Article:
Another role is opening up to  me. I will need to learn everything I can to make this new role work. Will I succeed? I hope so. I think that Shakespeare’s stage of justice and pantaloons allows you to view any new “life changing” events with a cool head and a resoluteness that isn’t possible when you are younger.

So even though I am in imminent danger of having another “stage” thrust upon me before I was ready and I will have to learn (or rewrite) my life story yet again, I will not be frightened or uncomfortable about it.

Life is as stage just as the world is. I have made a few exits from roles and entrances as a new character, a new role, many times before. I will, no doubt, do so a few more times before I reach the “sans” stage of the Bard’s monologue.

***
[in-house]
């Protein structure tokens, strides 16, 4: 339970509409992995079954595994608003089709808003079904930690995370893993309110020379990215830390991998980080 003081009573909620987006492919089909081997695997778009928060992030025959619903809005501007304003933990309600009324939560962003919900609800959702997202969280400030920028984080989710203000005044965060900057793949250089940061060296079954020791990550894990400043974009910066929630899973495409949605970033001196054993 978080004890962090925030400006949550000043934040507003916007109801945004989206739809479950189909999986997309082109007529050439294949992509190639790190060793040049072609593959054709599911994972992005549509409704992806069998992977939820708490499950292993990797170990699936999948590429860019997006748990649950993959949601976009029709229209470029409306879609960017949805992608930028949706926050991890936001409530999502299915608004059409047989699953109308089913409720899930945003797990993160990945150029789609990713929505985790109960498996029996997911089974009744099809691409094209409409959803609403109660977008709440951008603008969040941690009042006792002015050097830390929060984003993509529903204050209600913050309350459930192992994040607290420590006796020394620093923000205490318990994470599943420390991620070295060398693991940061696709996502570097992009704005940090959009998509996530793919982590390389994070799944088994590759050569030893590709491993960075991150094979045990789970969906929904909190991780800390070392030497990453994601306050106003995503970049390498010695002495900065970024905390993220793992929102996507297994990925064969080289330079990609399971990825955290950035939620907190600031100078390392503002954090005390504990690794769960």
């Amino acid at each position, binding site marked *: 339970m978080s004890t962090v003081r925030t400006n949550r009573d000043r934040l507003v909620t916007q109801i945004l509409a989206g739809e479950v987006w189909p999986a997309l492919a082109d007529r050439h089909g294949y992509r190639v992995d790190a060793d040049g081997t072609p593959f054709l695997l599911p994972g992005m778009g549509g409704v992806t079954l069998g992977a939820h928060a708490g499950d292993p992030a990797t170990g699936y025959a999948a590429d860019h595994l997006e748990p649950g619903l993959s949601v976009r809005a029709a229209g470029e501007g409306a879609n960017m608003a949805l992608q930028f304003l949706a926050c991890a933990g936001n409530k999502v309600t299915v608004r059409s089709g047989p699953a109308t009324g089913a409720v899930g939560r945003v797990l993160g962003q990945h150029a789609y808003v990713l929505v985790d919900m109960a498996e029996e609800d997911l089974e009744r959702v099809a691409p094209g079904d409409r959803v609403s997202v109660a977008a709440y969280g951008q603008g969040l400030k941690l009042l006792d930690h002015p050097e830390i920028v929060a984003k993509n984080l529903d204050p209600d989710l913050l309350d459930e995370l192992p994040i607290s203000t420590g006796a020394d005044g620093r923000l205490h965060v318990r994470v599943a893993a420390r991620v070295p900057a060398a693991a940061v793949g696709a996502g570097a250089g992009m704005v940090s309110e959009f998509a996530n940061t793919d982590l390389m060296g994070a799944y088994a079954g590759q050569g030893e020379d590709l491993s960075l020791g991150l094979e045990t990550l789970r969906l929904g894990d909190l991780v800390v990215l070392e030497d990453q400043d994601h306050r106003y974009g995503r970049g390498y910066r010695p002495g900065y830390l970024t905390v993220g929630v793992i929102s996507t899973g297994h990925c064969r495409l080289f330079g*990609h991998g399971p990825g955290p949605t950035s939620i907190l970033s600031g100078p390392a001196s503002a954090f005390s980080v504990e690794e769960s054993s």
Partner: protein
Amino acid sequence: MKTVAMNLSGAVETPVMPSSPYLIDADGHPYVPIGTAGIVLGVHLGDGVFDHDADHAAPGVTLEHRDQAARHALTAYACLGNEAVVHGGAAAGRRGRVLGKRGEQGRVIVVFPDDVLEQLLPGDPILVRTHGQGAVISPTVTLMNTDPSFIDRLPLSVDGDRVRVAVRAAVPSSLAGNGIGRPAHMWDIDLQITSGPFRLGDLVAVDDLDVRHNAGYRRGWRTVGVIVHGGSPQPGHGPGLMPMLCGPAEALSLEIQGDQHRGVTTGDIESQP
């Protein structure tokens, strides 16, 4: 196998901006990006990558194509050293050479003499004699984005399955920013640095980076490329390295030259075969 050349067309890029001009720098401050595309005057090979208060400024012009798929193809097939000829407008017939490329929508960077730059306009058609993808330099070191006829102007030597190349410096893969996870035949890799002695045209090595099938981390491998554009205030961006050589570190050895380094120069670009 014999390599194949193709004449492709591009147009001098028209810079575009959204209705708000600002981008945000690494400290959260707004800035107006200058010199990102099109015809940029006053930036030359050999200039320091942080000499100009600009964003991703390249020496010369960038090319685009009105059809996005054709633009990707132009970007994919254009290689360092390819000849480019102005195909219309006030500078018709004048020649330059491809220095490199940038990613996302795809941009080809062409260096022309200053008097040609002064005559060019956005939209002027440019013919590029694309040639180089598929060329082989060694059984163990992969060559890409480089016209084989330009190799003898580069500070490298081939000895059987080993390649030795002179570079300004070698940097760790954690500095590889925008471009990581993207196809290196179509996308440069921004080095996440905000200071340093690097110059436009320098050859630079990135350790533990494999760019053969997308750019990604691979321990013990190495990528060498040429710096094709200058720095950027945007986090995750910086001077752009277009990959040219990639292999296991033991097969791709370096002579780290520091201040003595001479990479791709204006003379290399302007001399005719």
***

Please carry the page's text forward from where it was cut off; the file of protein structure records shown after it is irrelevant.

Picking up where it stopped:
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Picture life size…

Deathwatch (2002): Evil in the Mud

Written and Directed by Michael J. Bassett  Deathwatch was Bassett’s first time at bat as a director. All in all not a bad start as either a writer or director. The film looks good, it sounds good and Bassett benefited from having a very talented cast to work with.

Set in 1917 during World War I, Deathwatch follows a small bunch of survivors from Company Y. The majority of the company have been wiped out by a machine gun nest. Sgt Tate (Hugo Speer) gets caught in German barbed wire and the youngest member of the company, Pvt Charlie Shakespeare (Jamie Bell) is too terrified to help him get free. Morning comes and the men attempt to move forward. They suddenly  find themselves in a fog or mist. Thinking that this is a gas attack the men don their gas-masks and attempt to carry on.